The noisiest fringe of the anti-mask, anti-vaccine element is proving irresistible to politicians looking to score points with a fired-up base. Voters should take note of those focused on their public duties and those sowing dissent.
Indiana Attorney General Todd Rokita is among the latter, wasting taxpayers' money as he panders to a handful of parents and others disrupting school board meetings across the state, including in Allen County.
“Hoosier parents have a First Amendment right to speak their minds to teachers, administrators and school board members,” Rokita said in a news release issued through his office.
No one can claim angry parents have the right to physically confront school officials, and Rokita must understand that. “Time, place and manner” restrictions allow government entities to require permits for meetings or rallies, for example. However, as a candidate last year, Rokita himself criticized Black Lives Matters protesters, asserting Indiana needed an attorney general “willing and able to push back against the chaos and stand for order.”
The state's public meetings law balances freedom of speech and the need to maintain order. Under Indiana's Open Door Law, the public has the right to observe and record public meetings. The law does not guarantee the right to speak or participate in a public meeting.
A governing body, including a school board, is required to allow public comment only during a public hearing, not a regular business meeting.
Retaining order is at the heart of the dispute at Northwest Allen County Schools, where the school board suspended public comment at board meetings in the wake of veiled threats and disruptions. The decision was based on “dozens of emails from parents feeling uncomfortable and unsafe at meetings,” according to Lizette Downey, chief communications officer for the district.
It also followed a Sept. 17 email addressed to Northwest Allen board President Kent Somers from Sgt. Kevin J. Neher, school resource officer supervisor for the Allen County Sheriff's Department, and obtained through a public records request submitted by The Journal Gazette. Northwest Allen contracts with the sheriff's department for the services of four officers assigned to district buildings.
In the letter, which you can read at journalgazette.net/opinion, Neher is critical of Somers' disregard for the safety of the school resource officers.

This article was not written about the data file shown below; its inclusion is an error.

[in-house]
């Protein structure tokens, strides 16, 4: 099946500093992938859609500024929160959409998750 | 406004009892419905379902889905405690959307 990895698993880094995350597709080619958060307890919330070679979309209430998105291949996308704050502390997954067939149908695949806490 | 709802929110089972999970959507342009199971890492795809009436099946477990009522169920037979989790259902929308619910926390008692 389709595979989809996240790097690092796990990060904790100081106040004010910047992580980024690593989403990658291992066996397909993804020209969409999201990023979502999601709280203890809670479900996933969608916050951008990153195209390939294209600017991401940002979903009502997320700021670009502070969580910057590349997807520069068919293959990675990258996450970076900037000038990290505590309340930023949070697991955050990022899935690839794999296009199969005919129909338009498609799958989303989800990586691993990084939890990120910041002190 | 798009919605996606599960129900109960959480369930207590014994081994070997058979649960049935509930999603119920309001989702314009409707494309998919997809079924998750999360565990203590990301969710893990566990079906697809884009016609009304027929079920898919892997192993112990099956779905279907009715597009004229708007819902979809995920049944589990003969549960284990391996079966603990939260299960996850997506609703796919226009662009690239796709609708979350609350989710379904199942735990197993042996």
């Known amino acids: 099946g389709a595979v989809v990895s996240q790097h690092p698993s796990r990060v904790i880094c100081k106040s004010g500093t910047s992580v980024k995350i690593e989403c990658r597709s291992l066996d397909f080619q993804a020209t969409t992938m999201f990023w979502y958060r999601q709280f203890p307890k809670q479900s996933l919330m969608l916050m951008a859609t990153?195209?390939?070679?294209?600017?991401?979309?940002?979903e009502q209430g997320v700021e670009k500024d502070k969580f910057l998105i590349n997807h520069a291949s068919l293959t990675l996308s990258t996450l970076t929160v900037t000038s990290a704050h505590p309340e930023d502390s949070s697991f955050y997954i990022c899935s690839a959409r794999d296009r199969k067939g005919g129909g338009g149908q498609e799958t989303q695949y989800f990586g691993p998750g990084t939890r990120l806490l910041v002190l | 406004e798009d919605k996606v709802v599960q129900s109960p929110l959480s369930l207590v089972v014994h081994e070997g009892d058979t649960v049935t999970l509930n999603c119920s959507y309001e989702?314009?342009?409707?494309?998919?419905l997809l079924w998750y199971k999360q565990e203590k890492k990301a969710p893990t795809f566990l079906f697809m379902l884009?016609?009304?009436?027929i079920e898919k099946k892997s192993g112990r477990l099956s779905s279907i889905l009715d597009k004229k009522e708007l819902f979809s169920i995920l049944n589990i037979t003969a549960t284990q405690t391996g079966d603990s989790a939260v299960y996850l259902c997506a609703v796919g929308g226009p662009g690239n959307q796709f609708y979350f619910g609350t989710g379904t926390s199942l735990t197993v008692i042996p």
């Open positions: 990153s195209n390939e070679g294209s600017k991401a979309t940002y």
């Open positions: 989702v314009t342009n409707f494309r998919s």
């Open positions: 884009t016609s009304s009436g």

“I truly am concerned for the safety of everyone at those meetings as are the other officers who have worked them,” he wrote. “After the last meeting, it was crystal clear to the officers that you do not share the same concerns for the safety of all at the meetings. You gave numerous warnings but failed to act on your word.”
Somers and board member Steve Bartkus have repeatedly rejected Northwest Allen Superintendent Chris Himsel's recommendations regarding COVID-19 masking protocols for the district.
“Without the backing of the person or people running the meeting, it fosters an unsafe environment for the officers as well. It is incumbent of you to take the lead in setting the tone for these meetings and providing a safe environment for all in attendance,” Neher wrote to Somers.
Chief Deputy Troy Hershberger, a candidate for the Republican nomination for sheriff, joined the fray last week, telling a local radio personality he was “not aware” of any safety concerns expressed to the school board by his department.
It might be true that Hershberger is not aware of communications between Neher and the school board, but it's disappointing that he would speak publicly before consulting with the supervisor. His remarks, like Rokita's, only serve to embolden the small segment of parents determined to defy public health officials' counsel and prolong the pandemic.
The public health emergency has weighed heavily on everyone, and we are eager to see it end. Officials elected and sworn to uphold our democratic principles should be doing all they can to protect First Amendment rights and maintain order. Pitting one side against the other does neither.